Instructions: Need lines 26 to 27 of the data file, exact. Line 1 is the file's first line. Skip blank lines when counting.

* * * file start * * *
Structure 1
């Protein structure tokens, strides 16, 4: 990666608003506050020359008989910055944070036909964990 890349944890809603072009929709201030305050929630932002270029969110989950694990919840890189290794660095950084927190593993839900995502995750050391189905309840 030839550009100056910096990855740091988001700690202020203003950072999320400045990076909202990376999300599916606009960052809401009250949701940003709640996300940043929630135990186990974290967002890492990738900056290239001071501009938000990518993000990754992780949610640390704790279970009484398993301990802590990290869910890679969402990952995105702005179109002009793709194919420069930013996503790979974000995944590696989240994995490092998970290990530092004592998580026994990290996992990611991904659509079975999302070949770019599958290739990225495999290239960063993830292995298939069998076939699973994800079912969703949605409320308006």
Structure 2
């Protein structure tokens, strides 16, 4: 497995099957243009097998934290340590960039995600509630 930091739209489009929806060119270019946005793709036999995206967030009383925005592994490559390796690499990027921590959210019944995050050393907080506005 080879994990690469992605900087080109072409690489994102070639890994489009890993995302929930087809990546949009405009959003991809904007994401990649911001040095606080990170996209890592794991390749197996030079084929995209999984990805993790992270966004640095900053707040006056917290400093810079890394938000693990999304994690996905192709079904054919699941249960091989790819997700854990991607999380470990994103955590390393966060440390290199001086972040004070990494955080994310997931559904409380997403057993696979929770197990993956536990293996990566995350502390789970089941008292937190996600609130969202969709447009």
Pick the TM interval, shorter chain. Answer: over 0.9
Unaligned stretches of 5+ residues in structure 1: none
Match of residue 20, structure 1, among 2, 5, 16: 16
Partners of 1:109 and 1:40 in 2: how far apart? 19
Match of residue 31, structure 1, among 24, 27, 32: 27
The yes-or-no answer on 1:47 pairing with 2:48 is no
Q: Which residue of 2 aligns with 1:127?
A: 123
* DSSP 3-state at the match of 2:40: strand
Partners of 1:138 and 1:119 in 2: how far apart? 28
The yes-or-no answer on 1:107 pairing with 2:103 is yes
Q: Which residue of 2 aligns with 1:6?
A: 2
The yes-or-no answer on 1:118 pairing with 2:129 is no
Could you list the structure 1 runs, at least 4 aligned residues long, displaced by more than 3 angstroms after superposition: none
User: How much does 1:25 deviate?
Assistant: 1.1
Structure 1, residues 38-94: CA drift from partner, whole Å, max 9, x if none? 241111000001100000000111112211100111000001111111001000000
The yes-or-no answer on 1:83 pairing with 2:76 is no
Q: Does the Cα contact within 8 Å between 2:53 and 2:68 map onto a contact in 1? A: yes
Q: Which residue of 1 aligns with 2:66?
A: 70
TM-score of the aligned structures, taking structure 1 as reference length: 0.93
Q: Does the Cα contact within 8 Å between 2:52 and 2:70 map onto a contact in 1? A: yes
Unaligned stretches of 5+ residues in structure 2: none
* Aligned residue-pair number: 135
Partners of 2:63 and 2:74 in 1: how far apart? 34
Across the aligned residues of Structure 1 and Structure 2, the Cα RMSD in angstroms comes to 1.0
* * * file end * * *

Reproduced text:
A: 70
TM-score of the aligned structures, taking structure 1 as reference length: 0.93